The system of personal finance that developed in the United States was more fragmented than comparative arrangements in most industrializing countries, where savings banks had become large, diversified financial institutions. The federalist political structure of the U.S., combined with lobbying by existing intermediaries, inhibited the establishment of a centralized public provider of financial services for households such as emerged elsewhere. Moreover, the United States did not develop strong, diversified savings institutions at the local level, due in part to regulations that stifled innovation by savings banks and in part to the risk-averse organizational culture of the banks themselves. These factors enabled the proliferation of specialized intermediaries that aggressively marketed new financial services to households and facilitated the growth of new patterns of financial behavior among ordinary Americans.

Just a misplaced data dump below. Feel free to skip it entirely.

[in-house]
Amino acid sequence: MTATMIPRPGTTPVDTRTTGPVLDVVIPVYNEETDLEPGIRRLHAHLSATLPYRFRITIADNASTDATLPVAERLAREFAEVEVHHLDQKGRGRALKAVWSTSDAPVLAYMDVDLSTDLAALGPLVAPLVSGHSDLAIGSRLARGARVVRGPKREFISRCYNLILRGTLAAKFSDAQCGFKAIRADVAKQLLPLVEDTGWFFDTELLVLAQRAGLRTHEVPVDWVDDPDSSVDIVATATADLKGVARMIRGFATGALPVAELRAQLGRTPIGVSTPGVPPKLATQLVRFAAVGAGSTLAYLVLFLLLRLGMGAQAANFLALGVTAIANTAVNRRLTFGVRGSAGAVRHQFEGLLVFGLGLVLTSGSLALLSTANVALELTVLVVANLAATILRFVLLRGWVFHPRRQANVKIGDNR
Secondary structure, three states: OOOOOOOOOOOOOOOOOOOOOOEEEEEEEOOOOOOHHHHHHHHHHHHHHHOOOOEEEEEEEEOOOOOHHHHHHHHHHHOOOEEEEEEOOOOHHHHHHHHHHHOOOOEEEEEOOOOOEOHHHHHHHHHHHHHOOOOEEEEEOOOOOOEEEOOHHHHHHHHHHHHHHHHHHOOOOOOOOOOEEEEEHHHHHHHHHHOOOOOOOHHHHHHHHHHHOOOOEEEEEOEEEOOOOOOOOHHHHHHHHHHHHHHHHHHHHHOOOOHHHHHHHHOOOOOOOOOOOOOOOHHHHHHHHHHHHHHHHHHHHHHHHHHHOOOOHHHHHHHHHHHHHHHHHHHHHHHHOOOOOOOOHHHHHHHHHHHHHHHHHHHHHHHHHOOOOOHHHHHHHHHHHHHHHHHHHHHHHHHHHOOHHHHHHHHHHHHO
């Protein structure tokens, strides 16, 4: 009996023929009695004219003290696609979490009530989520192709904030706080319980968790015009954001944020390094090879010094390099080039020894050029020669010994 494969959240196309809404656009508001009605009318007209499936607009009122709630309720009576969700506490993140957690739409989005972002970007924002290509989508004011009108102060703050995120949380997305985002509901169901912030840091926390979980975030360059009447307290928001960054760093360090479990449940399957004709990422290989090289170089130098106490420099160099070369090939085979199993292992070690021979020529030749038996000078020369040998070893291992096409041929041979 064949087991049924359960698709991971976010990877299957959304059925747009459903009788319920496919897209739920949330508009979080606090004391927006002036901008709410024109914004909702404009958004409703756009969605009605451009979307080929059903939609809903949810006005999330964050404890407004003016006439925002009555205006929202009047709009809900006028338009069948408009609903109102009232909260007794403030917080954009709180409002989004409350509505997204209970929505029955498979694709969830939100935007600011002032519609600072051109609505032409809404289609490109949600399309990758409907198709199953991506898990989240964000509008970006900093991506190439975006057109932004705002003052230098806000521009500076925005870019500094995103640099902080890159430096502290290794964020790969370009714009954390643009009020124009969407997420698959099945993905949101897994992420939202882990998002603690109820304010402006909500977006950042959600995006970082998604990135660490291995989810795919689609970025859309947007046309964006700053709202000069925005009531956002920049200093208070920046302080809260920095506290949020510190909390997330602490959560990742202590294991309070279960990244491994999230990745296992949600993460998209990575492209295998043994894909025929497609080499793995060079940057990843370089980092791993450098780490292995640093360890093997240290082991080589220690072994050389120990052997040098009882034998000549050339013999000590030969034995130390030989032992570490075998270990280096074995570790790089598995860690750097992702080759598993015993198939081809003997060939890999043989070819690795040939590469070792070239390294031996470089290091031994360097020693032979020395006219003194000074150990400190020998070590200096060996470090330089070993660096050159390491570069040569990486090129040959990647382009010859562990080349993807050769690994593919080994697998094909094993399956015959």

R. DANIEL WADHWANI is Fletcher Jones Assistant Professor at the Eberhardt School of Business, University of the Pacific.